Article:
The immigrants that Kelley has come into contact with over the years spend “thousands of dollars” on lawyers, fees, paperwork and more to try to make America their permanent home. The workers are taxed.
“They love this country,” Kelley said.
Off Blackburn Street in York, there is a new sign called “Pinata Street.” It is that way because the people who live there in the row of weathered buildings are all Hispanic. Same for the houses all around it.
These are old mill hill homes, first occupied by white mill hands, then black mill hands. The mills closed, turning to cheaper labor in countries such as Brazil and Mexico and India.
But Hispanic workers, mainly from Mexico but surely from many Latin American countries, come here for more. For better work, better pay, a chance at life.
In the evenings, the air is filled with the sounds of laughter, fathers and sons playing with a ball, the smells of cooking. The nearby park is never empty when the sun shines.
In one of those old houses Wednesday was a mother from Mexico who has been in this country about 30 years, and her two sons – born right here. The youngest, Cesar Mendoza, said he is “6 years old, going in the first grade.”
He speaks English, and translates for his mother. He was born right here. He is an American, he says.
The older son, Hector Mendoza, 9, proudly names his school.
“Harold C. Johnson Elementary School, York,” Hector said. “Fourth grade.”
The mother spoke Spanish, but the importance of her children going to school in America was clear. She is asked about the father, the husband.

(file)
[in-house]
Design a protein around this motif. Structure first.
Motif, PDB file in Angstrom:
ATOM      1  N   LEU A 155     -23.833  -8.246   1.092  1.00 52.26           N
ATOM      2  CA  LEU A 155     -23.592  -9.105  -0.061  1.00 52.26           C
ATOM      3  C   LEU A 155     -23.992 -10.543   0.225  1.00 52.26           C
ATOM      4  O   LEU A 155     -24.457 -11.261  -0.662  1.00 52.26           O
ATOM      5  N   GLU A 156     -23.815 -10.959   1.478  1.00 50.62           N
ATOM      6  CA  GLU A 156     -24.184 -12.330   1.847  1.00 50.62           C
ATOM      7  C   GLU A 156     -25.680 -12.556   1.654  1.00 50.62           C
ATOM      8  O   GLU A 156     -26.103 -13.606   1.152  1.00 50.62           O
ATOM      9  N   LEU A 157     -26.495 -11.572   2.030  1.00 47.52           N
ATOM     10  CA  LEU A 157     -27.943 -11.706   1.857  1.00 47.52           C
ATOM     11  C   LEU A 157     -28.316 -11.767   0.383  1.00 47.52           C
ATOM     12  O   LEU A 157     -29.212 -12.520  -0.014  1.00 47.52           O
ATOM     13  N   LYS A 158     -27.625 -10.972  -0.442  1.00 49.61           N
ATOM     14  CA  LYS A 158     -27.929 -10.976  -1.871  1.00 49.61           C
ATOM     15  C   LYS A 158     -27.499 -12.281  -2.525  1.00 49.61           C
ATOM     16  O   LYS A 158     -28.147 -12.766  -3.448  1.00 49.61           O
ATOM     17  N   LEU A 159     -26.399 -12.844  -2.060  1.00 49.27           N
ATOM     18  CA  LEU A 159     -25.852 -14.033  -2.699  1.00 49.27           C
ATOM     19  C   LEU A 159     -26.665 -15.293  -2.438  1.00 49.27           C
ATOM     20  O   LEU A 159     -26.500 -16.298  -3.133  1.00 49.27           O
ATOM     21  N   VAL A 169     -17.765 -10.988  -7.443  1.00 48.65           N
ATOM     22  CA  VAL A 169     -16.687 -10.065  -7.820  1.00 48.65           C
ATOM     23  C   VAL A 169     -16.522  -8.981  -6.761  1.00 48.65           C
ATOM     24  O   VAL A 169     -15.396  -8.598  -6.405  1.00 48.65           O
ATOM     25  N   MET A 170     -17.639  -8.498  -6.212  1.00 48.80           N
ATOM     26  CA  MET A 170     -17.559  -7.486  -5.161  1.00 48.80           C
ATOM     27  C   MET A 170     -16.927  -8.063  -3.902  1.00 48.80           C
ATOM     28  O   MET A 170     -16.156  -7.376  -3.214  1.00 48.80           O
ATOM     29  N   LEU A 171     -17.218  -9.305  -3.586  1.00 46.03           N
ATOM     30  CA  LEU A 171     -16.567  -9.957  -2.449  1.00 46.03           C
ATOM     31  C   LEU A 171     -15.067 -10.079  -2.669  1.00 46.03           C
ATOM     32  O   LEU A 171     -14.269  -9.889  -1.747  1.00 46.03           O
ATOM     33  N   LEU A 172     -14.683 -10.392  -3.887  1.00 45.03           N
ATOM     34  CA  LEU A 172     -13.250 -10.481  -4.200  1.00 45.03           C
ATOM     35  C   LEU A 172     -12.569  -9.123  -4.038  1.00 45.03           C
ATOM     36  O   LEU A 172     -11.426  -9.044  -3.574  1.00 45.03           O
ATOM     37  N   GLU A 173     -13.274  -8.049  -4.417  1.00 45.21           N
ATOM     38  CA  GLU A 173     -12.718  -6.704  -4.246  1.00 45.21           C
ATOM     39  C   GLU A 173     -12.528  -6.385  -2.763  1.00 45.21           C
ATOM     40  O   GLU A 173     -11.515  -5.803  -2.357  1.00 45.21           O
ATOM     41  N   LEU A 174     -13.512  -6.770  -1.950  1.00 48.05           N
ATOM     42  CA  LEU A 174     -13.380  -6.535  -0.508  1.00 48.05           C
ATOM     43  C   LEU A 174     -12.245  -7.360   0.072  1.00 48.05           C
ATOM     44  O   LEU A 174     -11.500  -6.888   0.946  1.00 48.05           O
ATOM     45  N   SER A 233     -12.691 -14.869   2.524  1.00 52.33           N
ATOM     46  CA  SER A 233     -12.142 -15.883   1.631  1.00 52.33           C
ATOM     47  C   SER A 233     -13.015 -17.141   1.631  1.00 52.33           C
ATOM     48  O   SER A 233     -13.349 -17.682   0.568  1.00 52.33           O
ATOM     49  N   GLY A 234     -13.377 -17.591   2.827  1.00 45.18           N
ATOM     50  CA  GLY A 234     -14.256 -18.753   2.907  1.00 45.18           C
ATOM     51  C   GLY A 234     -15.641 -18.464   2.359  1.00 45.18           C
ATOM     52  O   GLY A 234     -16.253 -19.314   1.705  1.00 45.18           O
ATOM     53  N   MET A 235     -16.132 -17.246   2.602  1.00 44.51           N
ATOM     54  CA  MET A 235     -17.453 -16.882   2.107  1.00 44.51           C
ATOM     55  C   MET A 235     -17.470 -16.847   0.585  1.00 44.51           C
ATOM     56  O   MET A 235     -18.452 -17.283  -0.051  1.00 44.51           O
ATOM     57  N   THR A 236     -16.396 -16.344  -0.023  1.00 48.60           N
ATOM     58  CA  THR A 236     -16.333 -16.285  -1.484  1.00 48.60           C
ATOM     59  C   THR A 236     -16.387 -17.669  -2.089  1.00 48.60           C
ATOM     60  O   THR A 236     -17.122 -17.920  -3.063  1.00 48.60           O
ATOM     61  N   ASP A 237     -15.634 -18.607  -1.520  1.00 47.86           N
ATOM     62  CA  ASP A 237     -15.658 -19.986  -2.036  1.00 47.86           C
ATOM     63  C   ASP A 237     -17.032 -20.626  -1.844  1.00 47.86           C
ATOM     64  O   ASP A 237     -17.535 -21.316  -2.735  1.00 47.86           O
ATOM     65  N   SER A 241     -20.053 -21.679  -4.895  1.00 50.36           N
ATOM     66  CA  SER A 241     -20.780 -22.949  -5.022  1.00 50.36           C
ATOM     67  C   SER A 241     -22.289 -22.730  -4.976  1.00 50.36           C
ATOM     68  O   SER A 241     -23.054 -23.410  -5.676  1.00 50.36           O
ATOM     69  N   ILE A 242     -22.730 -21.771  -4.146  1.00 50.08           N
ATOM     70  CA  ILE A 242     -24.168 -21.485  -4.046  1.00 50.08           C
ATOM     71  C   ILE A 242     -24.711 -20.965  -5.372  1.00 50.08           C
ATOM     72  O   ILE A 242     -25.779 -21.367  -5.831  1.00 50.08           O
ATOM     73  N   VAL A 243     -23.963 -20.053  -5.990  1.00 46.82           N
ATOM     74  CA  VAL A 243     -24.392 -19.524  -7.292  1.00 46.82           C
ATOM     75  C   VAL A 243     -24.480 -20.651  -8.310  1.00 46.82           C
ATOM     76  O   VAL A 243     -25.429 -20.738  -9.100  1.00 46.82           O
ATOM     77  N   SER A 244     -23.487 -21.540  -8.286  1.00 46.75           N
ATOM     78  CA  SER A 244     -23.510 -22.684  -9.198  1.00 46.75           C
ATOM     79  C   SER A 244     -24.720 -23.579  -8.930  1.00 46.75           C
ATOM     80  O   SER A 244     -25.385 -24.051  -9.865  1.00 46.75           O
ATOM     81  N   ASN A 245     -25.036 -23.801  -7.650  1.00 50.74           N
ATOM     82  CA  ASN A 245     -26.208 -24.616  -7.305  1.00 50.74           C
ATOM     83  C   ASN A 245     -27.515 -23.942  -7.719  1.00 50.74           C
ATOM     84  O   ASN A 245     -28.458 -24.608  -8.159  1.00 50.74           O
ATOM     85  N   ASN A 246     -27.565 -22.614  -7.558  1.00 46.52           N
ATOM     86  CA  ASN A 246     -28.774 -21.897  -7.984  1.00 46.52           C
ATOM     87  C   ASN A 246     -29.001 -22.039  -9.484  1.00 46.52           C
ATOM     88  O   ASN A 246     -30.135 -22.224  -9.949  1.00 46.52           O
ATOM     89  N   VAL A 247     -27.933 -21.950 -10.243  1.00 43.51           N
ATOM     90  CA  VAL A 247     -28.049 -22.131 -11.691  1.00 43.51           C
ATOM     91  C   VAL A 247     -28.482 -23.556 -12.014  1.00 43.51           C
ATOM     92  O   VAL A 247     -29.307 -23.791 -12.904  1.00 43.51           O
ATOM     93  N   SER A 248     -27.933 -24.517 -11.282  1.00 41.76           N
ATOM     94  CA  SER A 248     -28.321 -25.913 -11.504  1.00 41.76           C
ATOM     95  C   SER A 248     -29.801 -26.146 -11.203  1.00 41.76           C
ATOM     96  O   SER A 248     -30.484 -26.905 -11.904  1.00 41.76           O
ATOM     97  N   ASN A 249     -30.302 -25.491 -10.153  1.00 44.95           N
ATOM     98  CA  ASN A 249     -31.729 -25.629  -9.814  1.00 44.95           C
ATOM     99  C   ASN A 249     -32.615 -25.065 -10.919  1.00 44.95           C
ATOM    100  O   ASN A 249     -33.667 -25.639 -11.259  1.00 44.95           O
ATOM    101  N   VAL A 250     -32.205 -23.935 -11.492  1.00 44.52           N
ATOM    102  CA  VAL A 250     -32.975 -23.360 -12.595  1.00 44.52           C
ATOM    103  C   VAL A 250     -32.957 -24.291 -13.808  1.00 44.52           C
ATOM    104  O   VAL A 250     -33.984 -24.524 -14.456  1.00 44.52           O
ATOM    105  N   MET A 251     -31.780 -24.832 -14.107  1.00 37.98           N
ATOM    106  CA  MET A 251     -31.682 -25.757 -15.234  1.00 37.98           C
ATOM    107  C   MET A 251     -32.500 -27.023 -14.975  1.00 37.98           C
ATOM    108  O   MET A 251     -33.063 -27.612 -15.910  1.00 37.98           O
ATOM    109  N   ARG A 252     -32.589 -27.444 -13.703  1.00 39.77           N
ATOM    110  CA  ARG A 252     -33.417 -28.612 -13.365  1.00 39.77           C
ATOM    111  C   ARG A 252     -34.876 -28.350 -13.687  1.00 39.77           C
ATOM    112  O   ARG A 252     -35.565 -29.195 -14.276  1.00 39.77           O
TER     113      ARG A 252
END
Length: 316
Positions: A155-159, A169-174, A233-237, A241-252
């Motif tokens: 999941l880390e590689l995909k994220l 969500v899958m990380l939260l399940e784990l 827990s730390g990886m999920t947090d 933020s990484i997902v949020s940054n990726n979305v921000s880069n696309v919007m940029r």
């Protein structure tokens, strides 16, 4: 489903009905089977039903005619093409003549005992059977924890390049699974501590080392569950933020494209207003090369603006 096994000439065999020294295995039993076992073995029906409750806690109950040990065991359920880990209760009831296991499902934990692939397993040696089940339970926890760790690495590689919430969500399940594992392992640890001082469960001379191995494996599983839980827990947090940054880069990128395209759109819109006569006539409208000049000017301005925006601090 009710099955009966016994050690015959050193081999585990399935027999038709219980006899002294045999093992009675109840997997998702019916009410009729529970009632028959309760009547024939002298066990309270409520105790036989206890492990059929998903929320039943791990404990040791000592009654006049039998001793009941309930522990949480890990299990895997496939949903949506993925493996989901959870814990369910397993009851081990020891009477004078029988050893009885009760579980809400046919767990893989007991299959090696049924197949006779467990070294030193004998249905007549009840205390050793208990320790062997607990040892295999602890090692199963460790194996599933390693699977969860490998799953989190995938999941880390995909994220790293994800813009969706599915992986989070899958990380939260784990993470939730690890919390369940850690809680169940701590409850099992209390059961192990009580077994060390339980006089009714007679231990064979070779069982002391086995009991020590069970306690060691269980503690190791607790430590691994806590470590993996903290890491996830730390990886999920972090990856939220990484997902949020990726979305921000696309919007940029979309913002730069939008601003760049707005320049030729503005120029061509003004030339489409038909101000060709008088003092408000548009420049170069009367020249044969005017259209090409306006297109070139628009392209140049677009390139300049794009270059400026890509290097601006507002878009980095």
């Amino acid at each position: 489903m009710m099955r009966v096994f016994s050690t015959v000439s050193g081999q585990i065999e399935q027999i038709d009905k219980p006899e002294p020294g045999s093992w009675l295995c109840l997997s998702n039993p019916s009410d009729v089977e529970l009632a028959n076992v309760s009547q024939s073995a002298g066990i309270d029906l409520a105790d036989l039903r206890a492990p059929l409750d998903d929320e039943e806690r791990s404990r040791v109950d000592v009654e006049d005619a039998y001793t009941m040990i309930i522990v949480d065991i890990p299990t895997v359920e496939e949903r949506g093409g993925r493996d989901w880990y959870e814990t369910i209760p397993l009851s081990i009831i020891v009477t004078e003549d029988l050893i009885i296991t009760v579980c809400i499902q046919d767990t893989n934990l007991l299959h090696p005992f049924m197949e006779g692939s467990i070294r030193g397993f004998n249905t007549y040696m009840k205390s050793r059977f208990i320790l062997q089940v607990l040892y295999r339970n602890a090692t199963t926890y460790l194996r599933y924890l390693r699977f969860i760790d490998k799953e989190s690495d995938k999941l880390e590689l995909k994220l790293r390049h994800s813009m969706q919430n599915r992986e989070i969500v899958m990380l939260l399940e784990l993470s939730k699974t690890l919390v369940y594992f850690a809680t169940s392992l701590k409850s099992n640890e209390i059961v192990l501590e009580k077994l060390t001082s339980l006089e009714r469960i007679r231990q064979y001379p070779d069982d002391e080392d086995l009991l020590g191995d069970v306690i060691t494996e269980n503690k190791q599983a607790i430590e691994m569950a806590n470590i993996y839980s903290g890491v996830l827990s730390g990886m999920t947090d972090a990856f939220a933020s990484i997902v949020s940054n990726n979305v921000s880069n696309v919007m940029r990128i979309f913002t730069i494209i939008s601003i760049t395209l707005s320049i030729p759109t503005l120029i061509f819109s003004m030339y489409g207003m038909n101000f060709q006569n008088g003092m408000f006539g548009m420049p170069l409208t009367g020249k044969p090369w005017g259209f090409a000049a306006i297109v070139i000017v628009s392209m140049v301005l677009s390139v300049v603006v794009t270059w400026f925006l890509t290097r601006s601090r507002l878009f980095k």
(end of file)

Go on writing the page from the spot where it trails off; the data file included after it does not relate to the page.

“Construction,” she said. He was at work.
On any construction site in York County there are immigrants hammering and sawing and pouring concrete in the 90-degree heat. That law struck down would have made many of them want to hide after such honest labor.
The law would have meant, according to the judge’s opinion handed down Tuesday, that “taking a bus or driving home at the end of the workday would be ‘transporting’ oneself to the shelter of one’s home to avoid detection.”
From one of those houses in York at lunchtime Wednesday spilled out two women and a man. They had worked a hard half-day already at Stacy’s Greenhouses north of York. A pair of small boys, born here of Mexican parents, played in the yard.
“I ask for nothing,” Luis Gobea said. “We just want our kids to have a better life.”
Gobea, here from Mexico for 13 years, talked about how he and his wife pay taxes on income, how they pay for their home, and they pay for vehicles and insurance and all the rest.
Besides Gobea and his wife working in the brutally hard job of raising plants and trees, his mother who lives with him works there, too. She is 48, and her eyes shone Wednesday with the gleam of an honest day’s work at a wage that helps pay the bills.
Gobea expects his children, born right here, to succeed in school and get jobs that are not in fields or on lawns.
“College,” Gobea said. “That’s what a father wants for his kids, why I work.”
In the side yard was a covered lawnmower.
“My second job,” he said. “I have to go back to my first job now.”